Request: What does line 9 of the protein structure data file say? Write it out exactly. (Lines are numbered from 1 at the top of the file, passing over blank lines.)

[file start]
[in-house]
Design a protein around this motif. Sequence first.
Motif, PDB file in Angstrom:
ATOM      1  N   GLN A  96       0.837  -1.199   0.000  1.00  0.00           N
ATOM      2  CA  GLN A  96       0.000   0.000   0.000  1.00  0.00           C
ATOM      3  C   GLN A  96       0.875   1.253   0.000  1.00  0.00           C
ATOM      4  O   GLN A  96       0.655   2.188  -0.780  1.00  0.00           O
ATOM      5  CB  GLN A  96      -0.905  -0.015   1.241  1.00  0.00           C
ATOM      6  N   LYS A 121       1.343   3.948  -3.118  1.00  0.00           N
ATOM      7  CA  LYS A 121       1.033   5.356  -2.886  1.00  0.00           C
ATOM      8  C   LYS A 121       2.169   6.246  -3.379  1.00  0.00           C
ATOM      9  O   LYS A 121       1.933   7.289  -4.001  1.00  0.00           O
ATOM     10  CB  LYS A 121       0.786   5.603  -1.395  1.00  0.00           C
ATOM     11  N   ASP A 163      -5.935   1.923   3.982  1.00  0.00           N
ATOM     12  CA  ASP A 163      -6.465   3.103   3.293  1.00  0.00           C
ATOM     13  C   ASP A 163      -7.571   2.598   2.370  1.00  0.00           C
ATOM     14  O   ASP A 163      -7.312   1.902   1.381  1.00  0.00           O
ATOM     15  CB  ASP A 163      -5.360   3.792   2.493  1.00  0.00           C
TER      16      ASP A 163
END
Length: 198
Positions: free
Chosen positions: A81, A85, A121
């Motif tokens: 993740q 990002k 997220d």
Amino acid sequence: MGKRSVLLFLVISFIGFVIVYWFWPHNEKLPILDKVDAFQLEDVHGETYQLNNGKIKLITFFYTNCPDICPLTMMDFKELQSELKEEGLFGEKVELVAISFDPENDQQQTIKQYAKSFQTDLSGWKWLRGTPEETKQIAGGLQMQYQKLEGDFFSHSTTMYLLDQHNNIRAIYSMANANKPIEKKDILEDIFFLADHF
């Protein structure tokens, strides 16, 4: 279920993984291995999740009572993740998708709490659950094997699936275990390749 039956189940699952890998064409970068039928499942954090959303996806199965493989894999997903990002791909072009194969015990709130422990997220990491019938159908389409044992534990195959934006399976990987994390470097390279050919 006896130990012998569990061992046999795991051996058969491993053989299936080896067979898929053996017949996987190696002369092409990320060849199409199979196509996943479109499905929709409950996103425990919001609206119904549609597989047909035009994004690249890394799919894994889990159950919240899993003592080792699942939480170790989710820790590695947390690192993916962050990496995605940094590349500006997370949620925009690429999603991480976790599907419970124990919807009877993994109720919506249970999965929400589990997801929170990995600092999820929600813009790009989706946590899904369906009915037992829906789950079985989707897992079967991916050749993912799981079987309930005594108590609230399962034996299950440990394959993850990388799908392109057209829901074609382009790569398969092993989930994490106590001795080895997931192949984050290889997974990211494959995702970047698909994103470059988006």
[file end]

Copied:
ATOM      6  N   LYS A 121       1.343   3.948  -3.118  1.00  0.00           N